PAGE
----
The United Nations Population Fund (unfpa) and the National Institute of Statistics and Censuses (INEC) today revealed a campaign to support the question of racial-ethnic self-recognition in the 2022 Census of Costa Rica. How people recognize themselves as part of an ethnic group is essential to know the realities and needs of various populations, such as indigenous, Afro-descendant, or Chinese origin, refers to a press release from Unfpa, disclosed on Facebook profile UN-Costa Rica.
From June 8th to June 28th, 2022, more than 14,000 officials from the XI National Population Census and the VII Housing Census will collect data on 1,800,000 residences and around 5,200,000 inhabitants of this country.
Racial ethnic self-recognition appears among the questions, which -according to UNFPA- will make it possible to know in detail which population groups have access to education, health, and decent work, among other human rights. The above, indicates the international organization, will allow the design and evaluation of public policies, as well as actions aimed at compliance and, therefore, for the benefit of the entire population in its ethnic diversity.
Likewise, he continues, it will enable the inclusion of other sources such as administrative records and surveys that, by using the same measurement parameter in different types of statistical operations, will enhance the opportunity to carry out complementary and more specific analyses. As an example, Unfpa mentions that the 2022 Census will find out how many indigenous people do not have access to drinking water, something that -it adds- will allow the Ministry of Health to identify the impact that this has on the health of this population and, given that, manage actions to provide access to that essential service.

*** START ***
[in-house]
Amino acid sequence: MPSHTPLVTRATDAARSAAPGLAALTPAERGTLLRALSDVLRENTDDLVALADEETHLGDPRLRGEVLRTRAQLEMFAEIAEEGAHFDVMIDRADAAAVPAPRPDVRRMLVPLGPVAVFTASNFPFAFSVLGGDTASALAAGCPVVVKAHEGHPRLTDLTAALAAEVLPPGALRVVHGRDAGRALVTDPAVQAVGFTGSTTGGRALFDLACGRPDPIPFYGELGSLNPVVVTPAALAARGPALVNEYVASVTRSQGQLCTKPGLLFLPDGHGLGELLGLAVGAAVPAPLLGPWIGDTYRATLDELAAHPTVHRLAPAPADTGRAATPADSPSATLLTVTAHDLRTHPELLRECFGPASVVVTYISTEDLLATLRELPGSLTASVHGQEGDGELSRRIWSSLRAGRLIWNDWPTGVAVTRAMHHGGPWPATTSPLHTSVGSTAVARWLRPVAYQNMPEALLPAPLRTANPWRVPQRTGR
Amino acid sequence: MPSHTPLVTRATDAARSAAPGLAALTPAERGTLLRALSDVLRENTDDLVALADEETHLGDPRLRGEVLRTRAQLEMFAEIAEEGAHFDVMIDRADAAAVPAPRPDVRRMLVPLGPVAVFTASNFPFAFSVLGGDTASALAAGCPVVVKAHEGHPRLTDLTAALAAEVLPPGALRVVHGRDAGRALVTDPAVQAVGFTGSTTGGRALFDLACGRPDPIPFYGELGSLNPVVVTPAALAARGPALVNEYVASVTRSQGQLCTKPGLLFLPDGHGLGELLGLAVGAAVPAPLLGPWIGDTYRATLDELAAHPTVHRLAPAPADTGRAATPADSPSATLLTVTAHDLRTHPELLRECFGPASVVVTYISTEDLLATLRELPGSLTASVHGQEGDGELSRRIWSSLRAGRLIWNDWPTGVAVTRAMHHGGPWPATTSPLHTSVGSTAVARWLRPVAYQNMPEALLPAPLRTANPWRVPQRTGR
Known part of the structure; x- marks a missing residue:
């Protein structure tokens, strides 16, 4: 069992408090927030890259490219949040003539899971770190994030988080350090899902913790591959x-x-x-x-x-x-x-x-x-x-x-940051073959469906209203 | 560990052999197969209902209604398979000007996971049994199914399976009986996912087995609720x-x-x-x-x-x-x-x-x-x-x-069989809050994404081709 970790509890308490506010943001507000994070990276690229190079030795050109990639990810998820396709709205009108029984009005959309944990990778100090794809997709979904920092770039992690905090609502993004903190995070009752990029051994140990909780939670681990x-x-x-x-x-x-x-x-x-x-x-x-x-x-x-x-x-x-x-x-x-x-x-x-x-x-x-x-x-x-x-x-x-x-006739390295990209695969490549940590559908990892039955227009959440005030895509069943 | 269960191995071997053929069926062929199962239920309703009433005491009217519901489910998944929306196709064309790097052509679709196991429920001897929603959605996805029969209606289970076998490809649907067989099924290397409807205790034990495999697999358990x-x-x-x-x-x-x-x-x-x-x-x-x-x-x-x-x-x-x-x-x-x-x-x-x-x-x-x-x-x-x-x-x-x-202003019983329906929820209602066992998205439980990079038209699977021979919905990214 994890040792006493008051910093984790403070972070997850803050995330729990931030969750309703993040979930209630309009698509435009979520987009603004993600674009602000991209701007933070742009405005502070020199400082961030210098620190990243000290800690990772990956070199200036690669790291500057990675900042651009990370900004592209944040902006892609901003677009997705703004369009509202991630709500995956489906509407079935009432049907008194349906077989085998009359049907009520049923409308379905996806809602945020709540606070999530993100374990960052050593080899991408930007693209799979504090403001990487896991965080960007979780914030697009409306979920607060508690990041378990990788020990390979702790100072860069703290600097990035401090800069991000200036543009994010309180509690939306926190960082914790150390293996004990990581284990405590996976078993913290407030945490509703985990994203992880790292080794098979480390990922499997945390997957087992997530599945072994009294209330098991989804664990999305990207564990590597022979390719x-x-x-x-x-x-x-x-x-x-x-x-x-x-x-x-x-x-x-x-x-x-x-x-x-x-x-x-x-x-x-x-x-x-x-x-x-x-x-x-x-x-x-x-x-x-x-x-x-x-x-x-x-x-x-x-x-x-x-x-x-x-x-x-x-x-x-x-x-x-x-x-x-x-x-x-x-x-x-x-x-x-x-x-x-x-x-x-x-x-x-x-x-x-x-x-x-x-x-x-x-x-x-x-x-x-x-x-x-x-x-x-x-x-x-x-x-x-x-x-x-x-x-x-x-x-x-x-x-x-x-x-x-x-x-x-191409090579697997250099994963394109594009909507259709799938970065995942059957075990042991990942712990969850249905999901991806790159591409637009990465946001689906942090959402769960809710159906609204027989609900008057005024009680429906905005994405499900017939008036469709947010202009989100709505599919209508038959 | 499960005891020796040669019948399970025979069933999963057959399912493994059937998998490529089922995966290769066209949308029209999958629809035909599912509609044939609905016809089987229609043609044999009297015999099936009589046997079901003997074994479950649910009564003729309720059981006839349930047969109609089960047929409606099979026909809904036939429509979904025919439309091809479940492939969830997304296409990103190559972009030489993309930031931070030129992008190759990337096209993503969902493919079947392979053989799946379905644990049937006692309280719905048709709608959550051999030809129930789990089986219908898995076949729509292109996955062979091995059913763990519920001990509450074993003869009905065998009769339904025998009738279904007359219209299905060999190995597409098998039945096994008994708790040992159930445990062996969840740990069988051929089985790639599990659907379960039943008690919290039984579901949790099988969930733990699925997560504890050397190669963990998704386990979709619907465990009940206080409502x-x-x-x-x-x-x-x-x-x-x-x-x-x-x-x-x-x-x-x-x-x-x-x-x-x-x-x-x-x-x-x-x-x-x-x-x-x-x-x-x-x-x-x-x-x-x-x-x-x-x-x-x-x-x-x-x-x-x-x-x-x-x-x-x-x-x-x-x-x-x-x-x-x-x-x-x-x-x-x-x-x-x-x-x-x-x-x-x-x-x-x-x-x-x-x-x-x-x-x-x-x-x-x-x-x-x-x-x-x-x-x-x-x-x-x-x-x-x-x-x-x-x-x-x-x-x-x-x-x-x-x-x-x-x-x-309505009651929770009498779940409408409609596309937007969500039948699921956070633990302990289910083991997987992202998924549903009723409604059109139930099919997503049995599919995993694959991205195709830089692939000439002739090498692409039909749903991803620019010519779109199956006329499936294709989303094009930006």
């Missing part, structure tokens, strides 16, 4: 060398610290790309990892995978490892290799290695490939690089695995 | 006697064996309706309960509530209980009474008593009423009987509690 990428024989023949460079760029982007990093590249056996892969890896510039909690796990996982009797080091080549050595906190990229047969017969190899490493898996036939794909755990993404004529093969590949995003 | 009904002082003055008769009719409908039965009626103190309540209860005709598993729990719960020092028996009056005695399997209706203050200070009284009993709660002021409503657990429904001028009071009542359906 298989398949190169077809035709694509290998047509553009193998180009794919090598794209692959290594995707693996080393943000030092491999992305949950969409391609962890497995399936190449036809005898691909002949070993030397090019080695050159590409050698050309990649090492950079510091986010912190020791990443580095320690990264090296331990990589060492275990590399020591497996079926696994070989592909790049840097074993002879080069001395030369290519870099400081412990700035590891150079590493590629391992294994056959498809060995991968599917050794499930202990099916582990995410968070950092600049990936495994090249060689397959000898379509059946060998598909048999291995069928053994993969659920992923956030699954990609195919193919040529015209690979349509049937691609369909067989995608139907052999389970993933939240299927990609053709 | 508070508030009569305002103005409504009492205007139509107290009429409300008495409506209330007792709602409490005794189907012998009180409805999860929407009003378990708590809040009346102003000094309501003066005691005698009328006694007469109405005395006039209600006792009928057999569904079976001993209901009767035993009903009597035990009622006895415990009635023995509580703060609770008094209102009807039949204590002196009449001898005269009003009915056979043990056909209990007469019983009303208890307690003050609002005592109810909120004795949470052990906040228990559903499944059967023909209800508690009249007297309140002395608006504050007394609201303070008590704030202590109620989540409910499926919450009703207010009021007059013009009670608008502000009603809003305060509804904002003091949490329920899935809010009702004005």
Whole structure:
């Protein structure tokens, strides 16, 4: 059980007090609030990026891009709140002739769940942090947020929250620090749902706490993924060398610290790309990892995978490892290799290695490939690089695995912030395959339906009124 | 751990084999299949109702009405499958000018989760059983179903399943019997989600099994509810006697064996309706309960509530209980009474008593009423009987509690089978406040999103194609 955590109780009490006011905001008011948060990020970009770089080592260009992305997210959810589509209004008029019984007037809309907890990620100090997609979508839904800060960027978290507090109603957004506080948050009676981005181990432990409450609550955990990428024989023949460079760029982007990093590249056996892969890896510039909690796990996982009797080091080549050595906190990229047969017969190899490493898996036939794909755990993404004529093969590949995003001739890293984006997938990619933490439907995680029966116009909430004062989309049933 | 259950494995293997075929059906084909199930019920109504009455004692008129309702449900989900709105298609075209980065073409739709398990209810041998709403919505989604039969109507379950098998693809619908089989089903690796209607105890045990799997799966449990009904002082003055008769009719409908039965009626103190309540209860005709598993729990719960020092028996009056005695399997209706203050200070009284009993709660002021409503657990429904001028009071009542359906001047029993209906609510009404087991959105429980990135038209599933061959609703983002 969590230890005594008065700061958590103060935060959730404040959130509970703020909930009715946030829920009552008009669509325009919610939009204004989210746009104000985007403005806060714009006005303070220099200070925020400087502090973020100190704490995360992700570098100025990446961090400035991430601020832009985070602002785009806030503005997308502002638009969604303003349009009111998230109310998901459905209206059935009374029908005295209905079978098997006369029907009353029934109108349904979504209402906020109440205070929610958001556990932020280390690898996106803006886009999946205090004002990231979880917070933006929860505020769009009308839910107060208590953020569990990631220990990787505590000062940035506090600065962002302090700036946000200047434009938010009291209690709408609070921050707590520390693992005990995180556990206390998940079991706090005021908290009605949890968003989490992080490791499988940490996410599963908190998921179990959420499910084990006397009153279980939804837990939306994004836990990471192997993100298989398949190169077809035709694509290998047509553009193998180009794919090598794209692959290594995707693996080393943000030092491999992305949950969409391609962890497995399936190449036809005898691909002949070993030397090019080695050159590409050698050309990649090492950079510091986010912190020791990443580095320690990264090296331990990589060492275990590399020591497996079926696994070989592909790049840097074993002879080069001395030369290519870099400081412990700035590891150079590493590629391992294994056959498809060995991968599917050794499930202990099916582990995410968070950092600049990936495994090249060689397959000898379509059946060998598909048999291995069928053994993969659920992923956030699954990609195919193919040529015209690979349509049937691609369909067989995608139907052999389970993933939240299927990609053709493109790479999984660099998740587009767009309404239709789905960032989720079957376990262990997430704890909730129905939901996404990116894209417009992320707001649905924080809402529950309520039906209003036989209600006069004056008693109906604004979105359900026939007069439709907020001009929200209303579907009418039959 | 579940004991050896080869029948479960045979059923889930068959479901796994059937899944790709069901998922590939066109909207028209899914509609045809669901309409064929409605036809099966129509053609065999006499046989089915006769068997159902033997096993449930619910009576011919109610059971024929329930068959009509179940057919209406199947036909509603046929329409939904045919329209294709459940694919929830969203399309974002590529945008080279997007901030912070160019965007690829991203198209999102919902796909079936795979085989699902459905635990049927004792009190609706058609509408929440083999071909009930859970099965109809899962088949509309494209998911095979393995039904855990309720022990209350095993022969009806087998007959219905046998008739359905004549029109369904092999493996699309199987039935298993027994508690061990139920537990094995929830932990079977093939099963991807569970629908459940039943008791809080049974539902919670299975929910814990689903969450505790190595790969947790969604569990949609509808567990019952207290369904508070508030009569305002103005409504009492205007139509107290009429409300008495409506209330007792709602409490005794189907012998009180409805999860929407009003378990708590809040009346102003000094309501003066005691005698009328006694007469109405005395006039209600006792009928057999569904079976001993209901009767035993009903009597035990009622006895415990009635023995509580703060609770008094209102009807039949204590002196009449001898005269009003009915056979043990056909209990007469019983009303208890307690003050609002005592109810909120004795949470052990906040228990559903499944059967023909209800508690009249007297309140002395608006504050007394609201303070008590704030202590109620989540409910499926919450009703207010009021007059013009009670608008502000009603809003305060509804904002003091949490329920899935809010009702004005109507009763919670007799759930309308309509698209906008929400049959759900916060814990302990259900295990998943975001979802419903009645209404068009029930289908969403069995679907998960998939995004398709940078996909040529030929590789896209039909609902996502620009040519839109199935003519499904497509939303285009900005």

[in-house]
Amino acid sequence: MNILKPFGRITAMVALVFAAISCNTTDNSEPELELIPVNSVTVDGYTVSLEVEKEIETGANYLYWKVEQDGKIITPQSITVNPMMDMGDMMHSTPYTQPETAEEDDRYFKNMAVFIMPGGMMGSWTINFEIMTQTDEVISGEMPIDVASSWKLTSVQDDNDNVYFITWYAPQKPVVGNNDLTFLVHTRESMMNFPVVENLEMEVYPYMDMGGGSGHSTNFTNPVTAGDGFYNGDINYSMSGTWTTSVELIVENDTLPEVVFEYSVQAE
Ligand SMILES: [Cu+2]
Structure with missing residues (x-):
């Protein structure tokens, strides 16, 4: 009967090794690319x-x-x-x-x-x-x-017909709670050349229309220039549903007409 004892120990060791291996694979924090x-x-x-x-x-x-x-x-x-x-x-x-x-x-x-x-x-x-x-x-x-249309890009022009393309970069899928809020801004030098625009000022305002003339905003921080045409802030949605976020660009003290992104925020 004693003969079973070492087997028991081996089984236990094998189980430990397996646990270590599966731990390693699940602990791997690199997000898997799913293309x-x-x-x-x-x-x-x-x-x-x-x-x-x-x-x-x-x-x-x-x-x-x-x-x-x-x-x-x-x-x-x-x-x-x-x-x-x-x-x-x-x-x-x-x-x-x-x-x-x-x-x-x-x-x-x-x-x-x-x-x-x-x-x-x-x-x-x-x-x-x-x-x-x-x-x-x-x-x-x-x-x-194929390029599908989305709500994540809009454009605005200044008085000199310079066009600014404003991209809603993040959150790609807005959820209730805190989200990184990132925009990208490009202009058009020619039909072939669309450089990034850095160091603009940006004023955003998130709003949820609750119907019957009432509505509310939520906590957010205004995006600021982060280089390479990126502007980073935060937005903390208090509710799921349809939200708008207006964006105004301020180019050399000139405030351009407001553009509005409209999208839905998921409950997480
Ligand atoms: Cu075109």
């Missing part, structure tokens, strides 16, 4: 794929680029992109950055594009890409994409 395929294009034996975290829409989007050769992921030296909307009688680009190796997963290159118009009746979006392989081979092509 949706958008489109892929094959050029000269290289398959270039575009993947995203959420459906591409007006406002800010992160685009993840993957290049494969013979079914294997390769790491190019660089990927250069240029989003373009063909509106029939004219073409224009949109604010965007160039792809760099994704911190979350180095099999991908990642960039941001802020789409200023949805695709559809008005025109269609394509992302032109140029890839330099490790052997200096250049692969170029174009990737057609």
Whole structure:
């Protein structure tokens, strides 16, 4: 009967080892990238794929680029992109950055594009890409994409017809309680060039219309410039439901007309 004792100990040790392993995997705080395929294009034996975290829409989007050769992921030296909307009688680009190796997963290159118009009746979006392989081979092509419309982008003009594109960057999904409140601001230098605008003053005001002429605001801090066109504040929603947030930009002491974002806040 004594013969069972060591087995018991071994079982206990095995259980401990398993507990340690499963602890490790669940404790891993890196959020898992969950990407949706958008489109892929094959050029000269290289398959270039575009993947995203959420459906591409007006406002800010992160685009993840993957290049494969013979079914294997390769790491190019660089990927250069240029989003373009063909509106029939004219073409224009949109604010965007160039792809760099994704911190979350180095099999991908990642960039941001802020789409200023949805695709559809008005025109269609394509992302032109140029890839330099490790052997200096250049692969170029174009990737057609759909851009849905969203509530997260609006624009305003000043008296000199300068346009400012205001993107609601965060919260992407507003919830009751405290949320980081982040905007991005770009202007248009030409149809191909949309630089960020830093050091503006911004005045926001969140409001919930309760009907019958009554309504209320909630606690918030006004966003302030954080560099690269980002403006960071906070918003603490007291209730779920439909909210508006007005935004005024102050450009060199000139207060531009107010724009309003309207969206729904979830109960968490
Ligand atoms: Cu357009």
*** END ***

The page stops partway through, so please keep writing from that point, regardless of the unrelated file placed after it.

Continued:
The campaign, specifies Unfpa, is published on social networks and includes materials such as short videos and spots, aimed at the population in general, as well as the specific population of different ethnic groups. The officer in charge of Unfpa Costa Rica, Evelyn Durán, maintained that racial-ethnic self-identification means recognizing and valuing our roots, which is why we invite all people to indicate the ethnic group to which they belong.
For her part, the UNFPA Population and Development analyst, Cristian Vargas, affirmed that the campaign strengthens the process so that people know that the question exists but, in addition, that they can analyze their response beforehand to respond more consciously.